Articles

This Trust Allows Charity To Begin At Home

Monday, April 1, 1996
by Marc J. Lane

Reprint permission from the April 1996 issue of Crain's Small Business.


Among the super-rich, the charitable remainder trust is the most popular way of making a charitable gift contribution, while also getting a nice tax break.

But for many small business owners, that trust instrument is a largely unknown technique -- despite its potential for helping an owner or small business shareholder achieve his economic and philanthropic goals.

The business owner -- or anyone else owning a capital asset such as corporate stock or real estate which has grown in value -- contributes the asset to this special trust.

In doing so, two distinct tax benefits are immediately realized.

  • First, the contribution isn't a "sale or exchange" in the eyes of the Internal Revenue Service. So, the "paper profit" on the donor's investment escapes capital-gains tax.

At the same time, the full amount of the assets is put to work toward the benefit of the donor's selected charity or a private foundation he might have created.

  • Second, the full market value of the contributed asset, including any growth in its value, becomes eligible for a charitable deduction on the donor's income tax return.

If the deduction can't be fully used in the year of the gift, it can be carried forward for the next four years, sheltering the donor's future taxable income.

Obviously, even the most philanthropically minded business owner would be hard-pressed to give his business or any other significant assets away, no matter how attractive the tax benefits.

But, that's where the charitable remainder trust comes in handy.

The donor is only required to contribute to charity a "future interest" -- the value of the gifted asset or its proceeds after the donor dies.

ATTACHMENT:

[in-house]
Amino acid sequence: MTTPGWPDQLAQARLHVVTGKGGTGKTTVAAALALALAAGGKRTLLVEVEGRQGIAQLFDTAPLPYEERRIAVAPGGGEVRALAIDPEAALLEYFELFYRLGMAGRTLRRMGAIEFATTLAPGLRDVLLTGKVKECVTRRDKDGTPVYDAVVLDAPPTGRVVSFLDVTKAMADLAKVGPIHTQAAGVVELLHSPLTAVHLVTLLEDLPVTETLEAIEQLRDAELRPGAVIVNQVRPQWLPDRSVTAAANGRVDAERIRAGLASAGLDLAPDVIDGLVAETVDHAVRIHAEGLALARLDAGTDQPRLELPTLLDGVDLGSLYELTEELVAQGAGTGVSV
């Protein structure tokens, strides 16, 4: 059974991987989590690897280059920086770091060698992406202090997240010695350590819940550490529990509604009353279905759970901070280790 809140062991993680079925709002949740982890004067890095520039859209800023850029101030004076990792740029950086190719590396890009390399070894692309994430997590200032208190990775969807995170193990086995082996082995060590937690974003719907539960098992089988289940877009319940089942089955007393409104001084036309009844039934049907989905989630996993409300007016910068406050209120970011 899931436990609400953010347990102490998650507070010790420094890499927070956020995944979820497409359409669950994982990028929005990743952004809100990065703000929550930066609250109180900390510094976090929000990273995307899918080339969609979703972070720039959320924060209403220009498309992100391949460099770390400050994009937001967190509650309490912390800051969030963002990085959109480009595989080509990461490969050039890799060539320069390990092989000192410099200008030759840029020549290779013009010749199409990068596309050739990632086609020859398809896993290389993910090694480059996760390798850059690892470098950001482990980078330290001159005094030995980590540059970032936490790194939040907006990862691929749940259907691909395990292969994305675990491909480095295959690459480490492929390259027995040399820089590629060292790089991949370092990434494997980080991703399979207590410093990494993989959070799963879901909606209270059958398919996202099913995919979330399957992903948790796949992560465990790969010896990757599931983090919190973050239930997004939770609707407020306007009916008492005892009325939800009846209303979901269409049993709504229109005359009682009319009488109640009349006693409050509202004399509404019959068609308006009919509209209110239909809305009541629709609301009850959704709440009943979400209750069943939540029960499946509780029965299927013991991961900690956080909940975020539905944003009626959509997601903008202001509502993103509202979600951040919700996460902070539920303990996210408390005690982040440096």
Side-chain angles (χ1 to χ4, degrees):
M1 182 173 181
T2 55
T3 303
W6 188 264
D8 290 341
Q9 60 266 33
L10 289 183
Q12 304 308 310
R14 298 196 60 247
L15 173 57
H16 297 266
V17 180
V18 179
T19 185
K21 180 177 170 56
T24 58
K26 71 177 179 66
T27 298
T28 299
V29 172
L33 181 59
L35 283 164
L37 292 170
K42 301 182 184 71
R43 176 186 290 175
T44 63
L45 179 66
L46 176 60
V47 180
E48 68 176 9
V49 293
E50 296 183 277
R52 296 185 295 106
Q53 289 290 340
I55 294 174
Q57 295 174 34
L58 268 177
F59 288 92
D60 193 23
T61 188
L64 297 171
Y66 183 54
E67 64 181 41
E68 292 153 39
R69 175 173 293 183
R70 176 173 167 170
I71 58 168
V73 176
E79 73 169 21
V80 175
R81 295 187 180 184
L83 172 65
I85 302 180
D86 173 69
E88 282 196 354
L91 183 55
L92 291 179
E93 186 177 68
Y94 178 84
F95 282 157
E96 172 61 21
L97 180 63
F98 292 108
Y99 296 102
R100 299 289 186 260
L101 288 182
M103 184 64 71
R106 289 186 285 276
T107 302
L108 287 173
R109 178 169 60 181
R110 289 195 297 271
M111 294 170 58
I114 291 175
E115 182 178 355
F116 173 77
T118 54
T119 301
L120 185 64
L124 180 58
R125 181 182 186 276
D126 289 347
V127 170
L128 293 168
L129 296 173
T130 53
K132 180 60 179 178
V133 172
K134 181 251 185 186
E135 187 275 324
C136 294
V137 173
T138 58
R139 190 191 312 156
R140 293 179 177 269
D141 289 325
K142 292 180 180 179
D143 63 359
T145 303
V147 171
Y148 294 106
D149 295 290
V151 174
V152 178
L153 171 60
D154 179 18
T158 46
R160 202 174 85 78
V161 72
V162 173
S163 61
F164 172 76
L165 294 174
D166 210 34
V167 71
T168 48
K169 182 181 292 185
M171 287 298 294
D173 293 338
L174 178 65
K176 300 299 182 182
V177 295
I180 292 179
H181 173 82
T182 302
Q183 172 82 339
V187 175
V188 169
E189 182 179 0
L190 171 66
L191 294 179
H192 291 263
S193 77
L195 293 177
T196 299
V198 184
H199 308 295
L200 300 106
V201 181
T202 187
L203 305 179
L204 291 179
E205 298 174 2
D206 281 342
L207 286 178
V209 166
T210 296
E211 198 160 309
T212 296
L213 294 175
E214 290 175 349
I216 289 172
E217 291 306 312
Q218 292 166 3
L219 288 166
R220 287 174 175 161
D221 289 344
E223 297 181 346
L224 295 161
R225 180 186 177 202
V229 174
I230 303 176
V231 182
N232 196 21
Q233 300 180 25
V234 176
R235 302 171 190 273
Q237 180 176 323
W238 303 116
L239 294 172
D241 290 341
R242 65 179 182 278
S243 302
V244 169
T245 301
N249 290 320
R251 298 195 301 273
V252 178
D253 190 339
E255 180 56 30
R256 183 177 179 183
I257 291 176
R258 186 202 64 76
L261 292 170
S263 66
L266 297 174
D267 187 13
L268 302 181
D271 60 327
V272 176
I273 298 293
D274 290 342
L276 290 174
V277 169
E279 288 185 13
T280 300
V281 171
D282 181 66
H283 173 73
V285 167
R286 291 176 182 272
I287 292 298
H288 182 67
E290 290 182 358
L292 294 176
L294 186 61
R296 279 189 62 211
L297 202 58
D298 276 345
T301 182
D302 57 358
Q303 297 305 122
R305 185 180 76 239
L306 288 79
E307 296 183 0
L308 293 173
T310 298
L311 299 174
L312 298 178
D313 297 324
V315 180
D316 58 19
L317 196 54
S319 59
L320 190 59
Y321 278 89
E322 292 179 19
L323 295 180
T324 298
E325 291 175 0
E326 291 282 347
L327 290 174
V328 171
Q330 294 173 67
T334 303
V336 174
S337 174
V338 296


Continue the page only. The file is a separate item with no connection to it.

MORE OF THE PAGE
In the meantime, the donor receives the trust's income, which may be generated by the asset that has been gifted or, if the trustee decides to sell that asset, by some other investment property. What's more, the donor isn't subject to a gift tax when he contributes stock or real estate to the trust.

And that property also escapes federal estate tax upon the donor's death. No longer does an owner need to fear a forced business sale to fund that estate tax.

The charitable remainder trust encourages a host of other planning possibilities.

Let's suppose the founder of a closely held company has seen the value of his stock holdings grow exponentially over the years.

But, for all kinds of good reasons, the company retains its earnings and pays low or no dividends.

However, the owner/shareholder wants to capture his company's payout value and is willing to forgo its future growth potential in favor of boosting his current income.

If he were to sell the company's stock and invest the proceeds in bonds or stocks that pay high dividends, he would first incur a capital-gains tax and thus put fewer dollars in his pocket.

But by contributing the company's shares to a charitable remainder trust instead, the owner is guaranteed a relatively high yield for life on the full value of the asset that he contributes.

The owner will successfully enjoy a tax-free switch from a dividend-poor growth stock to a higher-income-producing investment of equal value. And, even if the trust eventually sells the business, the owner will not pay a capital-gains tax on that sale.

Not surprisingly, the tax rules are tricky and the strategy isn't for everyone.

But for those who may wish to entertain planned charitable giving with a tax and economic edge, the charitable remainder trust may be worth investigating.

Marc J. Lane ([email protected]) is a Chicago lawyer and financial planner and an adjunct professor of law at Northwestern University School of Law.





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Copyright 1996 by Crain Communications Inc.

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